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A pioneer of the lesbian and gay rights movement since 1958, Barbara Gittings (1932-2007) is recognized for her daring, innovative strategies and inspired activism. Her groundbreaking work as an advocate for the inclusion of gay and lesbian works in public libraries is her greatest legacy.

Aware that she was "different," Gittings left her home in Wilmington, Delaware, at the age of seventeen. Socially isolated as so many young gay people are, Gittings discovered clues to her identity through library books. She ventured west to San Francisco in 1956 and became involved with the Daughters of Bilitis (DOB), the first known lesbian organization in the United States, which had been founded the previous year. In 1958, DOB encouraged Gittings to establish an East Coast chapter in Philadelphia. She did so and marched in the first gay rights demonstrations in the early 1960s, on the Fourth of July in front of Philadelphia’s Independence Hall and later at the Pentagon in Washington.

Cover of
Barbara Gittings
Gays in Library Land:
The Gay and Lesbian Task Force of the American Library Association: The First Sixteen Years
Philadelphia, PA: B. Gittings, 1990
Officially, the DOB had opposed picketing. "It was risky, and we were scared. Picketing was not a popular tactic at the time, and our cause seemed outlandish even to most gay people." From 1963 to 1966, Gittings served as editor of the organization’s newsletter, the Ladder, and under her leadership it became the first movement publication to champion social protest. Gittings subtitled her publication "A Lesbian Review," and introduced photographs of gay women on the covers—bold innovations in the fight against the pervasive invisibility of gays.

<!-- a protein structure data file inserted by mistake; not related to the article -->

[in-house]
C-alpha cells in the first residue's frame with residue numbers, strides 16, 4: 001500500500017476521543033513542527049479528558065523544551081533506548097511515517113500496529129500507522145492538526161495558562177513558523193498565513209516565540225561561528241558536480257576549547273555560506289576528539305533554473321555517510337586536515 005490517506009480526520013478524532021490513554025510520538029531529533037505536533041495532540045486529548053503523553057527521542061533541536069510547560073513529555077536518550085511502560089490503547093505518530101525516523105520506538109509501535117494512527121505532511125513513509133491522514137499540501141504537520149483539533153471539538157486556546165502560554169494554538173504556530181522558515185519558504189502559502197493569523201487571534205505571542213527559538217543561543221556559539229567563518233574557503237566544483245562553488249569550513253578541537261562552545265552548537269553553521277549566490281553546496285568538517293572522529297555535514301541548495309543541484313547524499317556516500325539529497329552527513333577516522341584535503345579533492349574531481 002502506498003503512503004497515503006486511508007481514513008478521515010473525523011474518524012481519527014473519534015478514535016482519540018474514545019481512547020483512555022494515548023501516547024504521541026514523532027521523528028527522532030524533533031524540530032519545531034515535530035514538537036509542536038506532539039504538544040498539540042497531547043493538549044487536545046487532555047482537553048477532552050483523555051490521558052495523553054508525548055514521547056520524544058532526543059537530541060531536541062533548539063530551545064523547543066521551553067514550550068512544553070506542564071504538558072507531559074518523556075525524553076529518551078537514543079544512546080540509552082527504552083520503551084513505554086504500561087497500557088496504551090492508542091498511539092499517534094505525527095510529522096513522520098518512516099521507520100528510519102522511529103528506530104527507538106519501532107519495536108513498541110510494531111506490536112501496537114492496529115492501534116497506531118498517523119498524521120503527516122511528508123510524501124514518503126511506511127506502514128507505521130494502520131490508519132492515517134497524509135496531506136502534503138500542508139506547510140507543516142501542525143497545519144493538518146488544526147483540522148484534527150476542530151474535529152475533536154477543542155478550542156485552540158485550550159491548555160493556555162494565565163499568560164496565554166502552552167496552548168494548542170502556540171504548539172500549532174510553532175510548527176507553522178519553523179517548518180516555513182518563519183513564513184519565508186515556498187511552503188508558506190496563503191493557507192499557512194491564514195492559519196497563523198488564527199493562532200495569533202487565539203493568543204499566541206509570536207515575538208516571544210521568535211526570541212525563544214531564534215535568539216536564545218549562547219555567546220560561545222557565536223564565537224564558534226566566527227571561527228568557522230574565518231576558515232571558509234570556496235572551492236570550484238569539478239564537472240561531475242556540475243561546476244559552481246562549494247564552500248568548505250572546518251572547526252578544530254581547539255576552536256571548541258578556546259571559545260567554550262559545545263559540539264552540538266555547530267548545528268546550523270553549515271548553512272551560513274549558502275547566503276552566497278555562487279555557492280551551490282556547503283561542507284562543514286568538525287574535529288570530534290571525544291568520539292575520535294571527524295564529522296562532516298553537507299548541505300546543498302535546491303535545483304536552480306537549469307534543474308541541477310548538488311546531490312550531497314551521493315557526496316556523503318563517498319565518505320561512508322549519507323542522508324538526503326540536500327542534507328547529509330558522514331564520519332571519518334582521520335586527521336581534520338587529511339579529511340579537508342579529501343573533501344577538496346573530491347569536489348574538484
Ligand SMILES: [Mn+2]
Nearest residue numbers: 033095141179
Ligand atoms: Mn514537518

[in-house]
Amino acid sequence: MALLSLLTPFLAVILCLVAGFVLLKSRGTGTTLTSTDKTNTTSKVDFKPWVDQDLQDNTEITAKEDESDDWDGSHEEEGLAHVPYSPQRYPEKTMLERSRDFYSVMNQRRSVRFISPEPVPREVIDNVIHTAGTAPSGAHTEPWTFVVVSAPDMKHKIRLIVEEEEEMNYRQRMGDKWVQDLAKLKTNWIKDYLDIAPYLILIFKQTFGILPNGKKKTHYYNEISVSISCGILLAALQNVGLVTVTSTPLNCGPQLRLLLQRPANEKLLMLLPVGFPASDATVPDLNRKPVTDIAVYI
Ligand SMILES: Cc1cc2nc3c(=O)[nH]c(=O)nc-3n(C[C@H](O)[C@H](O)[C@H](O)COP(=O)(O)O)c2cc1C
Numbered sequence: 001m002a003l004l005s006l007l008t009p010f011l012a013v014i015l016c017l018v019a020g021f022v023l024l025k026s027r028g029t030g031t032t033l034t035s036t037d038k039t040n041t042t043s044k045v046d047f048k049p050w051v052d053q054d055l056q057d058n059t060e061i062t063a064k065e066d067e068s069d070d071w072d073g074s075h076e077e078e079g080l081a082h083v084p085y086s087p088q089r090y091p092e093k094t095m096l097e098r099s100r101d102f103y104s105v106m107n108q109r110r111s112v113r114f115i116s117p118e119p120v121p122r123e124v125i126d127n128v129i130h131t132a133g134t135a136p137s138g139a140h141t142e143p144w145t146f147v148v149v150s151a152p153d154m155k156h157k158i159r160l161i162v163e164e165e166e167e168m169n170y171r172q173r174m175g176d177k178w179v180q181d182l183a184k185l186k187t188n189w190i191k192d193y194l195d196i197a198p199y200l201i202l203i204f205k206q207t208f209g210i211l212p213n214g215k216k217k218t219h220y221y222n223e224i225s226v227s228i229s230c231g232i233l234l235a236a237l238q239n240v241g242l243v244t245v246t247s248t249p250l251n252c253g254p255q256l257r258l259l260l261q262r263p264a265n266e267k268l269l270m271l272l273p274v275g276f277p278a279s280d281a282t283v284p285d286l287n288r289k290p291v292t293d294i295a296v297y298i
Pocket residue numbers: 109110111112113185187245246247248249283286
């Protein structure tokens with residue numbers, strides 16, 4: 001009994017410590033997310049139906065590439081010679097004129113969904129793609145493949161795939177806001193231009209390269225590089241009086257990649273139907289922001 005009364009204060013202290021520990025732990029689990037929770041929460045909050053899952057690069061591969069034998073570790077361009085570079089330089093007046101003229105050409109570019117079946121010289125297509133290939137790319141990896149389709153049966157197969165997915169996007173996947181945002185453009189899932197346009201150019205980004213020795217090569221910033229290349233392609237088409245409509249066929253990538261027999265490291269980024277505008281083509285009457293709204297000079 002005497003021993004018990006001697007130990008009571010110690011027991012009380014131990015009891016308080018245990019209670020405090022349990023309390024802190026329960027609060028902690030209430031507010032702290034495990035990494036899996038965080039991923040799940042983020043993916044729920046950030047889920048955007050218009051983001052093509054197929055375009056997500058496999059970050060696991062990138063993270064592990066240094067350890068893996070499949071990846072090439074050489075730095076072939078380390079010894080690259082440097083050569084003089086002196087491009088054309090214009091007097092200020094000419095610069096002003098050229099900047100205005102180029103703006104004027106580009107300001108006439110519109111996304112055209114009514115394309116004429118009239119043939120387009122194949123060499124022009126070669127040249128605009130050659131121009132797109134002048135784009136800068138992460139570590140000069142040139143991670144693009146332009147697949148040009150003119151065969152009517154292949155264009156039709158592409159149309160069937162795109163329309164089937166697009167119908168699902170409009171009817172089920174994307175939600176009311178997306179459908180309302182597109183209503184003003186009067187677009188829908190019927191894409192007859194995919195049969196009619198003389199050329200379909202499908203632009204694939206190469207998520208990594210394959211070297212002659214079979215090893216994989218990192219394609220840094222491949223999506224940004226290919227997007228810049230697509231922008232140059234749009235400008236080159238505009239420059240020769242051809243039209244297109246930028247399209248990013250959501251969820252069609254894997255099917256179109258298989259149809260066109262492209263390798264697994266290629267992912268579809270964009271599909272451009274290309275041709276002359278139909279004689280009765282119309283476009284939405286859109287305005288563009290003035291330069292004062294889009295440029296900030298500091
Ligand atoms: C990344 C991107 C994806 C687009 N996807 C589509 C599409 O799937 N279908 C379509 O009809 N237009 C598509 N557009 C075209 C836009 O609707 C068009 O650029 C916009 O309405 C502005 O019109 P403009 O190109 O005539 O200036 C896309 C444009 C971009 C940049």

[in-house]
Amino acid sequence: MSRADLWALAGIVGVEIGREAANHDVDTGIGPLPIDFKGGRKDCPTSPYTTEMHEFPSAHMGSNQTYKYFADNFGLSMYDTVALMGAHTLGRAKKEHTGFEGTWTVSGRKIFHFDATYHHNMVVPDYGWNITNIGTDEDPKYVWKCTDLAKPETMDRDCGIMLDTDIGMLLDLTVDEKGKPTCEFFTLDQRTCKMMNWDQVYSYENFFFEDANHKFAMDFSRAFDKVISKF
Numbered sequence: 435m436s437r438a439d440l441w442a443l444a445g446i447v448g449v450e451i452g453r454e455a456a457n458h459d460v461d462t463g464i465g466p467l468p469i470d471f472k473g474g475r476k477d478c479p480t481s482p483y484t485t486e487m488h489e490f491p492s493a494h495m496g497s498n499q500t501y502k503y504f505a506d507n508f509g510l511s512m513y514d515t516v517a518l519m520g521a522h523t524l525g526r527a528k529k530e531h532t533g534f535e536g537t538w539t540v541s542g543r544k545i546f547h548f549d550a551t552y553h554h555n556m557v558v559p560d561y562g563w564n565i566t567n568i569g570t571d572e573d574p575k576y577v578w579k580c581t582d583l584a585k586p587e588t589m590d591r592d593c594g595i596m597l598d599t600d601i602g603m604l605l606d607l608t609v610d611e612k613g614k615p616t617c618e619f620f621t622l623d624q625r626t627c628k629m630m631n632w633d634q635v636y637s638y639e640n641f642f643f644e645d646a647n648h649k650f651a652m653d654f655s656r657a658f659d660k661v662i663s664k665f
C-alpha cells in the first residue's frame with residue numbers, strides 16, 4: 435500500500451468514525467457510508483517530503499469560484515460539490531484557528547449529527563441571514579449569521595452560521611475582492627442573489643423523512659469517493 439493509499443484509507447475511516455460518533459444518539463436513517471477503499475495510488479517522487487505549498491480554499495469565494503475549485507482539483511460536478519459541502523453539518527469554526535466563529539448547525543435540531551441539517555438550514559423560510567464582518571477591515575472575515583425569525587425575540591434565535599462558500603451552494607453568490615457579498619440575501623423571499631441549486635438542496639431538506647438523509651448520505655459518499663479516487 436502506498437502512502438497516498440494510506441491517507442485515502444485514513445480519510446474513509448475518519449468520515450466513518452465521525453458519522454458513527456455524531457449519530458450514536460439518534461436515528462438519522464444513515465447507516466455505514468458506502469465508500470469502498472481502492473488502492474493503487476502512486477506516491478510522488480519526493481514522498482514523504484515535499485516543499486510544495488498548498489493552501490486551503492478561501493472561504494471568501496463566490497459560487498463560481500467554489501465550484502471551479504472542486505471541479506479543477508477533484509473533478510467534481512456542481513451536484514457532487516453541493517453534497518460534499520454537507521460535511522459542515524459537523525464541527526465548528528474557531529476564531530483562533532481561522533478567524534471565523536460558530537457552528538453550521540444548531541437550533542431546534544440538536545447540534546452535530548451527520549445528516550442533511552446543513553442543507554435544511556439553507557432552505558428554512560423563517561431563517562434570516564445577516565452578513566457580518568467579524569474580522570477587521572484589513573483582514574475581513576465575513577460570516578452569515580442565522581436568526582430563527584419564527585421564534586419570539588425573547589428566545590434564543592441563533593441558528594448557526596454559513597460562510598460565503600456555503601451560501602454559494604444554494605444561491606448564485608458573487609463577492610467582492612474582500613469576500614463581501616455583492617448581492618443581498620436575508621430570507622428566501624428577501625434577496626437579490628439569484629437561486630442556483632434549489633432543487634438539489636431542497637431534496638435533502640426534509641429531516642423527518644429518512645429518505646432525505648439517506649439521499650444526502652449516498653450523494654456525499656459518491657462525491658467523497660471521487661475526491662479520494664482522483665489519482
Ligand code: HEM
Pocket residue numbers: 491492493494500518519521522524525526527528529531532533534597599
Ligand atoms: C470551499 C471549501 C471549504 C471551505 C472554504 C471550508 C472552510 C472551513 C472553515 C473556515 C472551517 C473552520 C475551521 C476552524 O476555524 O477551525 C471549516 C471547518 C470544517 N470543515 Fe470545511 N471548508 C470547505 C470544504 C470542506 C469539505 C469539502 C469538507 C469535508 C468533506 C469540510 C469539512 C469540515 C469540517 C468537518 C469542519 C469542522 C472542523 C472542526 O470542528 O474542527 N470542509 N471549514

In the 1970s, Gittings was in the forefront of the challenge to the American Psychiatric Association’s now discredited view of homosexuality. Though not a librarian, her energy and vision became focused on libraries. From 1971 to 1986 she headed the Gay Task Force of the American Library Association (ALA), the first gay task force in any professional organization. Gittings edited "A Gay Bibliography" and gay reading lists for the task force, and recounted its history in the pamphlet "Gays in Library Land." She "starred" in the first gay kissing booth, created for the 1971 ALA conference in Dallas in order to draw attention to gay literature—and gay librarians. A media uproar ensued at the conference.

From 1998 to 2002, Gittings served on the Hormel Endowment Committee for the Hormel Center. In 2001, following the example of the Hormel Center collection, the Free Library of Philadelphia established a Gay and Lesbian collection of circulating materials at its Independence branch, and named it for Barbara Gittings—an apt tribute. And in 2003, Gittings was recognized for her contributions to libraries and librarianship with the prestigious ALA Honorary Membership, its highest honor.

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